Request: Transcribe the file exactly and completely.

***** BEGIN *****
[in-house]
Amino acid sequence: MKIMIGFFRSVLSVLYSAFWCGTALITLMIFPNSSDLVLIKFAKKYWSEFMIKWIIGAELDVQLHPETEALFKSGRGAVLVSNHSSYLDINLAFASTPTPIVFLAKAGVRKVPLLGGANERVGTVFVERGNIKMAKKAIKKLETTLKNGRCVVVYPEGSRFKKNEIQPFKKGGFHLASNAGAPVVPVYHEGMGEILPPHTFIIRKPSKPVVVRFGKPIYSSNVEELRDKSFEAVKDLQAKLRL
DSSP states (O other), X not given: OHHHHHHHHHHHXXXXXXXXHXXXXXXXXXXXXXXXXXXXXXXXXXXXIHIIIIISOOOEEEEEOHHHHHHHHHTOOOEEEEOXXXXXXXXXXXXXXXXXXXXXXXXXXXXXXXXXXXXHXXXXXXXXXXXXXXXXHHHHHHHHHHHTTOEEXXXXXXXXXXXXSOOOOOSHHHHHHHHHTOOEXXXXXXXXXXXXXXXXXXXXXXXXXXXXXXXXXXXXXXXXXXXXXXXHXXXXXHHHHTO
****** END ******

[in-house]
Amino acid sequence: MKIMIGFFRSVLSVLYSAFWCGTALITLMIFPNSSDLVLIKFAKKYWSEFMIKWIIGAELDVQLHPETEALFKSGRGAVLVSNHSSYLDINLAFASTPTPIVFLAKAGVRKVPLLGGANERVGTVFVERGNIKMAKKAIKKLETTLKNGRCVVVYPEGSRFKKNEIQPFKKGGFHLASNAGAPVVPVYHEGMGEILPPHTFIIRKPSKPVVVRFGKPIYSSNVEELRDKSFEAVKDLQAKLRL
DSSP states (O other), X not given: OHHHHHHHHHHHXXXXXXXXHXXXXXXXXXXXXXXXXXXXXXXXXXXXIHIIIIISOOOEEEEEOHHHHHHHHHTOOOEEEEOXXXXXXXXXXXXXXXXXXXXXXXXXXXXXXXXXXXXHXXXXXXXXXXXXXXXXHHHHHHHHHHHTTOEEXXXXXXXXXXXXSOOOOOSHHHHHHHHHTOOEXXXXXXXXXXXXXXXXXXXXXXXXXXXXXXXXXXXXXXXXXXXXXXXHXXXXXHHHHTO